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Ladakh, or 'Little Tibet', is one of the last remaining traditional cultures on earth. For over a thousand years the Ladakhi people prospered, creating a rich, harmonious and sustainable culture from the sparse resources of their region. In 1975, traditional self-reliance and cultural pride were suddenly replaced by feelings of inferiority, dissatisfaction and competition when the area was opened to 'development', including tourism, media and advertisement, which brought with them highly idealised impressions of life in the West. Outside economic pressures began undermining the local economy, and ills that were previously unknown - pollution, crime, unemployment, family breakdown, rapid urbanisation and ethnic conflict - began to take hold.
Helena Norberg-Hodge founded the Ladakh Project in 1978 as a way of countering these destructive trends. As an alternative to conventional development, the project has encouraged a path based on Ladakh's own values and its human-scale economy. Much of this work has involved 'counter-development', which involves informing people about the realities of Western consumer culture while working to restore respect for the local culture.
The Ladakh Project has now grown into the International Society for Ecology and Culture (ISEC), which works internationally, in both the North and South to encourage more decentralized land-based ways of living. Straddling theory and action, ISEC seeks to alert people to the threat economic globalisation poses to communities, democracy and the natural world, while also actively promoting economic localisation through international campaigns and grassroots initiatives such as community-supported agriculture, local currencies and eco-villages. ISEC's written and video materials, including Ancient Futures and The Future of Progress, have been translated into over 25 languages, demonstrating that this message strikes a chord with people around the world. ISEC also recently produced The Economics of Happiness, a feature documentary that has been screened around the world and has met with both popular and critical acclaim. The Economics of Happiness project now also includes a series of annual conferences on globalisation and localisation issues.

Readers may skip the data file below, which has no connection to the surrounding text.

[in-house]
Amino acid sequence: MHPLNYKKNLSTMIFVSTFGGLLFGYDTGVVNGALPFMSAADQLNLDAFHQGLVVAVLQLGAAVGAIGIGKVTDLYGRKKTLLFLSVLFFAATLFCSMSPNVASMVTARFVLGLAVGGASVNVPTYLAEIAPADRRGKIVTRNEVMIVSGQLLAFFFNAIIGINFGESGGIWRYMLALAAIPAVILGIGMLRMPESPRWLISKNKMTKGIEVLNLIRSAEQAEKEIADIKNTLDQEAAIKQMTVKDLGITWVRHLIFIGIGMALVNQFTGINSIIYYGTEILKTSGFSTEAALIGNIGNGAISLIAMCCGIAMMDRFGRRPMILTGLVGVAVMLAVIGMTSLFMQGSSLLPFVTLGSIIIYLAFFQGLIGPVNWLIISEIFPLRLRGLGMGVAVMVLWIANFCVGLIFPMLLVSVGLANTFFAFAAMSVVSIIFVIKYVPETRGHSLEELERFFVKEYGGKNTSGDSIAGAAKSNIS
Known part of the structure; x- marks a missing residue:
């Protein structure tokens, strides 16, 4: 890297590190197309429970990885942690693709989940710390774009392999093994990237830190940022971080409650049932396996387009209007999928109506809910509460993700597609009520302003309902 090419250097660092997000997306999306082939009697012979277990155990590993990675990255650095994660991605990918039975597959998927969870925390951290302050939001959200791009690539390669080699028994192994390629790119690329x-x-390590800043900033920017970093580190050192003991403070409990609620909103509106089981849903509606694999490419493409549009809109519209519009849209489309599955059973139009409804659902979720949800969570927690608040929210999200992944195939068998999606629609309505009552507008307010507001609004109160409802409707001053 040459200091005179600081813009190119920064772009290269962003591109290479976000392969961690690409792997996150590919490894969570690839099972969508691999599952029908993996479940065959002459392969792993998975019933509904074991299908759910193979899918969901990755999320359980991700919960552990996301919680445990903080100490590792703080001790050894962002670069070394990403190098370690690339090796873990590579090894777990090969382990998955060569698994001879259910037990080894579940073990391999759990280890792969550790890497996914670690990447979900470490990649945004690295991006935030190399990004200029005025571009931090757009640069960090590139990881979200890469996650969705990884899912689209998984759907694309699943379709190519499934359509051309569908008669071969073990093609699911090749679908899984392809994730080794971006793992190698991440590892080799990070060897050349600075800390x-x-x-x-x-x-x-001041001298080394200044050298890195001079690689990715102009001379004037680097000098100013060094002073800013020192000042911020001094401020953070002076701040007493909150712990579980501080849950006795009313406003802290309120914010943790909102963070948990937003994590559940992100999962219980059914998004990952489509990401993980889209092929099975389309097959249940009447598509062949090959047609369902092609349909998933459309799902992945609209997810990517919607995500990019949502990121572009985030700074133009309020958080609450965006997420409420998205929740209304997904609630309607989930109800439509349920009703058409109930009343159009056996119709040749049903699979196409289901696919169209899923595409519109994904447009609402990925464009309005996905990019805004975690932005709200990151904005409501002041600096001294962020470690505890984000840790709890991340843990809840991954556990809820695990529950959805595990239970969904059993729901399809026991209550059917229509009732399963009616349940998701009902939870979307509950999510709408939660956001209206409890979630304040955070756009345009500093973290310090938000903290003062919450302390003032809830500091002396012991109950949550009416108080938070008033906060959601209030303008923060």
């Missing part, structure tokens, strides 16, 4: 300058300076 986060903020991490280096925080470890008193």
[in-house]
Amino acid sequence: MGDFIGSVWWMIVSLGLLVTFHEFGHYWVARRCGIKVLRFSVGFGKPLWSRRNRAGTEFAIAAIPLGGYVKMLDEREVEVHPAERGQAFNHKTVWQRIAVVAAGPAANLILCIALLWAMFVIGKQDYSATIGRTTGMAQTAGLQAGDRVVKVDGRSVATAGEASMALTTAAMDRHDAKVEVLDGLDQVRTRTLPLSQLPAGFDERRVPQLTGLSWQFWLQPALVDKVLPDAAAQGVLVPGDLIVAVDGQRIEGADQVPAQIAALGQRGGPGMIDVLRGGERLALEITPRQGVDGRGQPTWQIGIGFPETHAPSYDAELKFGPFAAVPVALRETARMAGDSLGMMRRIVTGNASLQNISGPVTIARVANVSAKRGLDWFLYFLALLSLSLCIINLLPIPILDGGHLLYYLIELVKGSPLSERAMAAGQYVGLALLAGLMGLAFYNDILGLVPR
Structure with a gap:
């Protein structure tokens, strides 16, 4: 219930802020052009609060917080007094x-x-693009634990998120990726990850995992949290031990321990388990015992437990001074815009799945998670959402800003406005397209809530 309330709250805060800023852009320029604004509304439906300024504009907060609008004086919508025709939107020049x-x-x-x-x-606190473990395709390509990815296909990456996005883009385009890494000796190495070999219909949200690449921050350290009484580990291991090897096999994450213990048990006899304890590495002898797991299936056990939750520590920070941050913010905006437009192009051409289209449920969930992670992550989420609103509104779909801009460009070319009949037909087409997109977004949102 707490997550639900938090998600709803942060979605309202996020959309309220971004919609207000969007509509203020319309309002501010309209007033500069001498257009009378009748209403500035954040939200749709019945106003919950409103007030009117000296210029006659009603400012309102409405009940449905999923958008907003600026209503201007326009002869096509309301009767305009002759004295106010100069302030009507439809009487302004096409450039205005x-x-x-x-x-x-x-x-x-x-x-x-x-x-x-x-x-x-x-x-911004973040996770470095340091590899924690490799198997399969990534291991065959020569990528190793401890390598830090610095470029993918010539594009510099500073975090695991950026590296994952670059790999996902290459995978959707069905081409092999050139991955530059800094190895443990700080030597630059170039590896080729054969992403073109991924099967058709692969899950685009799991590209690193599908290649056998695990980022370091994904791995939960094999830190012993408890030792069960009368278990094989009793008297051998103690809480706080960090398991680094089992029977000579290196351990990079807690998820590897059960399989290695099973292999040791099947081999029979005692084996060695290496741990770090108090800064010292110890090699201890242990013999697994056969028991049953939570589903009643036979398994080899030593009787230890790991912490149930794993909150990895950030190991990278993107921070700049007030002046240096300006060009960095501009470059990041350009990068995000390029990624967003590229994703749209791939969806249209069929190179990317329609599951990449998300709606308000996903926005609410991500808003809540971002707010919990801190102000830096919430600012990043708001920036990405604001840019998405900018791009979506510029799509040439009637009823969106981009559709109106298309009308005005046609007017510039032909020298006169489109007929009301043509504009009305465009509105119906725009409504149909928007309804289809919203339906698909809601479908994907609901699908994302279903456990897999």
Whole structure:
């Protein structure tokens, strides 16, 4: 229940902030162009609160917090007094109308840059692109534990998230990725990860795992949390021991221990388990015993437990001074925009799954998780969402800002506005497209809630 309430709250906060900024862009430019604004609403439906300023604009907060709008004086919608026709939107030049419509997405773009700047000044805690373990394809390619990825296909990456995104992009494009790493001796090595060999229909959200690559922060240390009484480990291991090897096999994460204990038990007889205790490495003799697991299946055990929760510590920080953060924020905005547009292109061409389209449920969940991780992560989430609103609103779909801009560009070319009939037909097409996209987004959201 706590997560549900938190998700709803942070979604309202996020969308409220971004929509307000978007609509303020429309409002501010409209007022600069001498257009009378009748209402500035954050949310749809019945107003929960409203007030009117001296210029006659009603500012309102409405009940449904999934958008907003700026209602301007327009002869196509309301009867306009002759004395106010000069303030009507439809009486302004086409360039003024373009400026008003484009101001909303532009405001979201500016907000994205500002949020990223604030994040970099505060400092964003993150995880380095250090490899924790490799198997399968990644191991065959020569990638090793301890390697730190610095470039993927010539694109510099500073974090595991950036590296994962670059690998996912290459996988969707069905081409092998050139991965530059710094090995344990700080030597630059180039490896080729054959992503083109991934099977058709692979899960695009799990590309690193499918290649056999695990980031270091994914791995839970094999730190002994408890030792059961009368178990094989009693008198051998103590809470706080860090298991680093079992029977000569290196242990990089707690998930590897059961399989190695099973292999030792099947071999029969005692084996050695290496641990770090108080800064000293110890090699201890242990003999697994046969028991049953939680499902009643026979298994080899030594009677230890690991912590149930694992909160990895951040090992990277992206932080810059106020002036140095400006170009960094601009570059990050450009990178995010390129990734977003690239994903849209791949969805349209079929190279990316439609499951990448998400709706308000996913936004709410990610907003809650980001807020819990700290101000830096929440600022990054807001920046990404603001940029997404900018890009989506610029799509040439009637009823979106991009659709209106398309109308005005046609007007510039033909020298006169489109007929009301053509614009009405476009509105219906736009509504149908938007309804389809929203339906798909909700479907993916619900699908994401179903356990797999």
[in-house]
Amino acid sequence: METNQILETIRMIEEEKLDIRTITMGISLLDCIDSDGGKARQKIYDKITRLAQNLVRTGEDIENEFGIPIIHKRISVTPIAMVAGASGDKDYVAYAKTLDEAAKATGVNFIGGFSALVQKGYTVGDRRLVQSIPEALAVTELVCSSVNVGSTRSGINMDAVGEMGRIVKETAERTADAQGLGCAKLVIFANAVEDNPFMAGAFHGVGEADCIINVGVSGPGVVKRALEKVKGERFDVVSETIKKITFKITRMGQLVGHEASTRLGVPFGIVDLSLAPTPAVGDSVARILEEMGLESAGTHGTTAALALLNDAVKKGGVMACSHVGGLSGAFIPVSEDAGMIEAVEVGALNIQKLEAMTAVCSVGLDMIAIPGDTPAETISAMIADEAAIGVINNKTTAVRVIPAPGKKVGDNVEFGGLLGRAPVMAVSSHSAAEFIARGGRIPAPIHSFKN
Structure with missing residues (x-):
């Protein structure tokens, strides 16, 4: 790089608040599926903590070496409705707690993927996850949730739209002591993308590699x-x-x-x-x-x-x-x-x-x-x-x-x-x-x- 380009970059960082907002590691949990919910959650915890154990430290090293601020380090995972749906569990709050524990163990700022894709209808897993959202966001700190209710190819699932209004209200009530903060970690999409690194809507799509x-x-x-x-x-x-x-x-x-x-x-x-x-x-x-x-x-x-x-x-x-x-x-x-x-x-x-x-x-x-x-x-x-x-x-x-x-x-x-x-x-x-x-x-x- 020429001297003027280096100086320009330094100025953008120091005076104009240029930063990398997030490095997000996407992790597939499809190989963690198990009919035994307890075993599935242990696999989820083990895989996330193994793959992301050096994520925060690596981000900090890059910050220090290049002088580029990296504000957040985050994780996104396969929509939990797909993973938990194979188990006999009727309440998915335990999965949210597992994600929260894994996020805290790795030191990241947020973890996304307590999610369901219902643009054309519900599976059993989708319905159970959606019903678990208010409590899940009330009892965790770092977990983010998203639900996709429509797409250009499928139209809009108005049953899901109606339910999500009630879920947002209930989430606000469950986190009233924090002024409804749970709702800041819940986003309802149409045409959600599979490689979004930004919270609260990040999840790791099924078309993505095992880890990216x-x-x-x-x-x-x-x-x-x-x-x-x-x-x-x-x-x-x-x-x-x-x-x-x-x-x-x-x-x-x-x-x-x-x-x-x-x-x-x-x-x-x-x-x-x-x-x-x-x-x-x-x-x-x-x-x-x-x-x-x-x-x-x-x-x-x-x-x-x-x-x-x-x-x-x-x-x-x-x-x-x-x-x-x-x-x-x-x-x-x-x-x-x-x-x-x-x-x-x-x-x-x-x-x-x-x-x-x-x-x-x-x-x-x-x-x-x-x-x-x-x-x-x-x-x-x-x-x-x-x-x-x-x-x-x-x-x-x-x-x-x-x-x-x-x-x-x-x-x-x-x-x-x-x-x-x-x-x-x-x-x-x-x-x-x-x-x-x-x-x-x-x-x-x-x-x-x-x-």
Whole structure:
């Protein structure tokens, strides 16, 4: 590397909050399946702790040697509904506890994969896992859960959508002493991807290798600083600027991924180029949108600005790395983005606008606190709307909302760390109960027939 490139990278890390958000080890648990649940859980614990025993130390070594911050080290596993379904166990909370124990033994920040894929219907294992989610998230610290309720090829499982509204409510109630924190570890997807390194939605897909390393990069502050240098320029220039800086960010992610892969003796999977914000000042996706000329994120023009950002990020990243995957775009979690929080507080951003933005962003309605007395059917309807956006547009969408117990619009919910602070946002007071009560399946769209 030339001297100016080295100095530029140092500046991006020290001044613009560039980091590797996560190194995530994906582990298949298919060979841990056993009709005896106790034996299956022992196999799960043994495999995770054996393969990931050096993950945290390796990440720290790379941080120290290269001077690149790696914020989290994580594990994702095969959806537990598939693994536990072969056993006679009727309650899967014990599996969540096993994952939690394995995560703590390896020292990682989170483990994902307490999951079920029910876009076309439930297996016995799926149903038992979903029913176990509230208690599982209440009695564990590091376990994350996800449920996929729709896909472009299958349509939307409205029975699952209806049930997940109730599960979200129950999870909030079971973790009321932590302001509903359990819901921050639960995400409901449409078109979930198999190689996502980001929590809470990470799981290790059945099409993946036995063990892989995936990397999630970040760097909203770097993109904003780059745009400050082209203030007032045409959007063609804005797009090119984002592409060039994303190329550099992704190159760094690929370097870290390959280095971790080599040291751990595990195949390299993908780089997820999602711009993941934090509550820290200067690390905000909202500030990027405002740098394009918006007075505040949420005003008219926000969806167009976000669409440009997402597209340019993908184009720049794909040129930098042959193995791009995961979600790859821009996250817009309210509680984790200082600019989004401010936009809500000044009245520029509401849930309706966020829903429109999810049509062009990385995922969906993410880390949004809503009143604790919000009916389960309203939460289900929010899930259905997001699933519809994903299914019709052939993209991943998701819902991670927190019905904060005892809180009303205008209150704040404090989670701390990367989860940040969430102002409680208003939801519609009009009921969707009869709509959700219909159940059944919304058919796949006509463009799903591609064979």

With the Ladakh Project's active participation, the indigenous Ladakh Ecological Development Group (LEDeG) was founded in 1983 with the goal of ensuring that the Ladakhis themselves would be able to shape their future, one built on Ladakh's own resources and ancient foundations. LEDeG has promoted local manufacturing technologies that use solar energy for space heating, cooking, water heating, crop drying and greenhouses, and small-scale water power for grinding grain, producing electricity and pumping water. Today, one or more of these technologies can be found in virtually every Ladakhi village.
Now an influential NGO, the respect that LEDeG is accorded was demonstrated when its two co-directors were elected to high positions in Ladakh's new, semi-autonomous government.
Important developments for LEDeG in the new millennium include the large-scale dissemination of new technologies like parabolic dish cookers and photovoltaics, the building-up of a fund to become more independent from donors and the introduction of ecotourism and biodiversity programmes.
Since founding the Ladakh Project and LEDeG, Helena Norberg-Hodge has become known as a pioneer of localisation, and as one of the world’s foremost experts on the impacts of economic globalisation on cultures and our psychological wellbeing. She gives numerous lectures each year and regularly contributes to publications, ranging from books and academic journals to popular alternative magazines and films (most recently: The Economics of Happiness). In 2012, Helena Norberg-Hodge was named winner of the 2012 Goi Peace Award.
(Last update: February 2013)